Zuma 2T Scootin' and Tunin'


Active Member
What we have here is a dirt cheap test bed for trying out two-stroke modifications and a great little toy for the track for sessions between the big bikes.

I originally picked up this Zuma for $300 with faulty petcock and no registration.
Fast forward a year or so and I've had a number of track days, a lot of smiles, and a lot of fun learning and modifying along the way.
This first post is a dump of a lot of details, after this, updates will make more sense.

(the middle scoot is the one we're talking about in this thread. See 'Yamaha DT3 - Small Garage, Large Ambition" in Projects -> Trackers , for the DT3 build.)

Early days of the Zuma

First attempt at the idea of a 'side bleed' exhaust. I modified the LeoVince ZX it came with. Tested the concept-> Worked well -> Improved later for packaging
side bleed test 1.jpg

Same concept, just moved silencer around 180 for better packaging

side bleed test 2.jpg

Cleaned it up with some better paint:
side bleed painted.jpg

Hit the track for some baseline settings before getting into the cylinder. Ended up dropping CVT roller weights down to 4.5g per roller, added a .020shim to the drive bushing spacing to get a little higher engagement RPM as well.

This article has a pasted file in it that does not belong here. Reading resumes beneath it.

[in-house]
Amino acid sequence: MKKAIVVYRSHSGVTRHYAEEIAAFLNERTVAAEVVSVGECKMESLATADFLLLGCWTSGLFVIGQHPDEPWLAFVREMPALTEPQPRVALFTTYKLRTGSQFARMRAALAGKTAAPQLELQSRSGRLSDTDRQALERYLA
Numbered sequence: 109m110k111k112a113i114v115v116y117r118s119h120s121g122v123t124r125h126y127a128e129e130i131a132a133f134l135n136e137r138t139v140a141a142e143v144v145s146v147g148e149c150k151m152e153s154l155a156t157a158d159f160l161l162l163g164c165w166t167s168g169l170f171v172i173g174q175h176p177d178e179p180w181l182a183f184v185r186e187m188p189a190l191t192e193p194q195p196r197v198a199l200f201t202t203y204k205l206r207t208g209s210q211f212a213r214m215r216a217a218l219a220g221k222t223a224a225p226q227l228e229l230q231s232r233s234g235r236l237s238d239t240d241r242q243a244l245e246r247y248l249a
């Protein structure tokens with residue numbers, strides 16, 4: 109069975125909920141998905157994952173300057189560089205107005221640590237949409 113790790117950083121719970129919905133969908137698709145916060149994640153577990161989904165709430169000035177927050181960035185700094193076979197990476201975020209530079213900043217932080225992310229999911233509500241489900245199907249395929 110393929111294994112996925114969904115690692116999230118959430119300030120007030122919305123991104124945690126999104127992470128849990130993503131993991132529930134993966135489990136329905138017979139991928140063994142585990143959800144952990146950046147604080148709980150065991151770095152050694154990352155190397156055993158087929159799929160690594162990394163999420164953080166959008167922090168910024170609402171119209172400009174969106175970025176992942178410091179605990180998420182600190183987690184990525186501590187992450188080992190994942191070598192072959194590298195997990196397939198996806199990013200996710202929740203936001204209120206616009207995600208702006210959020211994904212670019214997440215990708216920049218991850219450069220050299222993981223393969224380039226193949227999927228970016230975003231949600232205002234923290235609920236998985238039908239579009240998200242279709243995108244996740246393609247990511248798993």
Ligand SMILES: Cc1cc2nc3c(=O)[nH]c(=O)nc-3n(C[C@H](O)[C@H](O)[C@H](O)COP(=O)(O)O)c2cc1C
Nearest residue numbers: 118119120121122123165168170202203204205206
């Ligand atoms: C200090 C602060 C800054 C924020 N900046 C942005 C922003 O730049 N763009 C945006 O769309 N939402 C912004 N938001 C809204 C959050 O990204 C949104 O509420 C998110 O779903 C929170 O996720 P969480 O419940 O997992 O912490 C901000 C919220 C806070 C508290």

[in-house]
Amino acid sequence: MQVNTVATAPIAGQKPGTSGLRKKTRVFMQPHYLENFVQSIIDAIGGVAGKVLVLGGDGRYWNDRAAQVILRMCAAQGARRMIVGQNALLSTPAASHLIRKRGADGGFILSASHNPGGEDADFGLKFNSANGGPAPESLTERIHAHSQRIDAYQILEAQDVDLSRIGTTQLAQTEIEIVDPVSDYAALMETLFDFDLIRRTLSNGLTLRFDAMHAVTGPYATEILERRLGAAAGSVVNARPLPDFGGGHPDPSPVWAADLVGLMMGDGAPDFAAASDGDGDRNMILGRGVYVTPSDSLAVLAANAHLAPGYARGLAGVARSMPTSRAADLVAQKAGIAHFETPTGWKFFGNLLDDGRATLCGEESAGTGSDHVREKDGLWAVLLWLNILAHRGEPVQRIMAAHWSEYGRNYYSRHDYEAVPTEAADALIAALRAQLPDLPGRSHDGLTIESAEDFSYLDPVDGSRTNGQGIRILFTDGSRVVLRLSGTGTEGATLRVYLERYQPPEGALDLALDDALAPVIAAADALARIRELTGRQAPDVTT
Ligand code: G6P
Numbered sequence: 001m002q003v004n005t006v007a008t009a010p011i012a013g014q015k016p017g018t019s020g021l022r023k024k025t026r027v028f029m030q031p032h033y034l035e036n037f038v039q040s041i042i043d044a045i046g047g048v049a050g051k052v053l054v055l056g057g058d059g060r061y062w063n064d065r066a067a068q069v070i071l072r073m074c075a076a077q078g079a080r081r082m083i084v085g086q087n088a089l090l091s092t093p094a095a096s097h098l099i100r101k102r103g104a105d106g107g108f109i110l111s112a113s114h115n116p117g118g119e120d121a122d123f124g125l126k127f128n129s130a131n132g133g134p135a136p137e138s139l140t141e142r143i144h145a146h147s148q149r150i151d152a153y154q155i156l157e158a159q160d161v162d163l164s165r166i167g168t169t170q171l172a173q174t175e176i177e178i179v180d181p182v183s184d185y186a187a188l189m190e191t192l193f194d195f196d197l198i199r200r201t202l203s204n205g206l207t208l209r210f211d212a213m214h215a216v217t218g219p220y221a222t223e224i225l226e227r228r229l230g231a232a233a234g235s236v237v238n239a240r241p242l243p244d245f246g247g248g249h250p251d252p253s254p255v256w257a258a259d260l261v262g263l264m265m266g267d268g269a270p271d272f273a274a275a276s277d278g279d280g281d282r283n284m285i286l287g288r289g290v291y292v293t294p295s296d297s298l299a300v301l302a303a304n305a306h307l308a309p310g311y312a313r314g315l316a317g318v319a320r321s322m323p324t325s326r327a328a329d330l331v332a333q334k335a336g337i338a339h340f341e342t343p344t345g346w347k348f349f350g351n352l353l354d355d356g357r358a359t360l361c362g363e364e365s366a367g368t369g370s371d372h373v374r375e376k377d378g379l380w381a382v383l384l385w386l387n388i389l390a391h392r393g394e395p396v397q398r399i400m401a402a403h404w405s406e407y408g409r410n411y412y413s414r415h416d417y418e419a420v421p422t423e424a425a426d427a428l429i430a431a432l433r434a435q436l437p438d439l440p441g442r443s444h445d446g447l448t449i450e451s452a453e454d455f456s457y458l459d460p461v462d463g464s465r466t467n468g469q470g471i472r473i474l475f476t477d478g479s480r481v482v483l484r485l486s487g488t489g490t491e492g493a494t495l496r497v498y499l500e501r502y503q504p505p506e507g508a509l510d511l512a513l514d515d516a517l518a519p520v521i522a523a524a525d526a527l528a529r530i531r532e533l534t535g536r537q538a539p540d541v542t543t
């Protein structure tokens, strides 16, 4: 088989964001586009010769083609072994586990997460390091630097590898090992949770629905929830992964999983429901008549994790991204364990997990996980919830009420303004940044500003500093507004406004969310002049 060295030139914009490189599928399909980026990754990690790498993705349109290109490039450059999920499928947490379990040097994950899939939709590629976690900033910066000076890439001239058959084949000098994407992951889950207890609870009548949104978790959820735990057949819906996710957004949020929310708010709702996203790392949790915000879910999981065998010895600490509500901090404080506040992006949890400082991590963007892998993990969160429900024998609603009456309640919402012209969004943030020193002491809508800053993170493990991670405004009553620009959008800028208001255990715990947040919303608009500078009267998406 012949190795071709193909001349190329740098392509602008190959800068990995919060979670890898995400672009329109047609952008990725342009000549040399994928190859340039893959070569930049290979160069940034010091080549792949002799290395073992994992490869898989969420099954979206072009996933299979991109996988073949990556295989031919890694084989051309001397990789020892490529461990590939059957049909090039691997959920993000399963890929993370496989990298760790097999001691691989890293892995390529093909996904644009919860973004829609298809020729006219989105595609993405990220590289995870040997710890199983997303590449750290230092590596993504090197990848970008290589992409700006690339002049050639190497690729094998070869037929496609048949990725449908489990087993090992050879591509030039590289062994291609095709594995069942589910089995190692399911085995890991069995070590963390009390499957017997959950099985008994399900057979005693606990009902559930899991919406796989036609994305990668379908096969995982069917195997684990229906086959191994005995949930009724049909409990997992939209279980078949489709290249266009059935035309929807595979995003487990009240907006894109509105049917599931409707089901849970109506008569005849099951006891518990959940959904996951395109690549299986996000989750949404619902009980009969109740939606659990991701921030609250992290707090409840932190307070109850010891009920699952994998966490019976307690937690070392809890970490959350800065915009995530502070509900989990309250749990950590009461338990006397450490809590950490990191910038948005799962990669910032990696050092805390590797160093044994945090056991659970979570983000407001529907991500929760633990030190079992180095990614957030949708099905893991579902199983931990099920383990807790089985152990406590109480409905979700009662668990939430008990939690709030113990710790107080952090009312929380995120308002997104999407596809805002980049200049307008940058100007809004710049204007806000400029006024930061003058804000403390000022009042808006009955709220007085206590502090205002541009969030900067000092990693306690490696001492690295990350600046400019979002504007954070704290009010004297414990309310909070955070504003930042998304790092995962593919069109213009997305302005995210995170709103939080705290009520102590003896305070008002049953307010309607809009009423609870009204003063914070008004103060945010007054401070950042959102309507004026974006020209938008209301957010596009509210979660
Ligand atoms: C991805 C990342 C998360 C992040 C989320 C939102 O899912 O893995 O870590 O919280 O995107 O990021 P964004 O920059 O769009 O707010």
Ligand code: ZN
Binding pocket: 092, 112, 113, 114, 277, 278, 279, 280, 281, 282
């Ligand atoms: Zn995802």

Worked very very well after a number of CVT tuning sessions. I can get it up to 9940rpm, but it's happy place was 7800-9100rpm. The new goal is to get it operating above 11k, just because.

Side note: These old tires are very very hard and slick. They don't take heat when riding, and they don't hook up. I can't tell you how many times I almost lost it when the front folded under pushing through the corners. Definitely working on tires and suspension after the engine is dialed.
Side-Side-note: I know it's a tire and not-just-suspension issue because I use a durometer and the front measured in at 68A !
For reference, most bikes in the paddock were 45-55a.


After all that, I really dove into the motor.
Started looking to open her up and found a number of areas for improvement. I started with a general clean-up of the cylinder ports and de-restricted the intake boot. That help marginally, so I knew the pipe was holding me back. Following Alexander Bell's book, I opted to build my own exhaust (really to help dial in my ideas and execution before the DT3 pipe), and I learned a ton along the way. I also opened up the exhaust port more to help match the new pipe.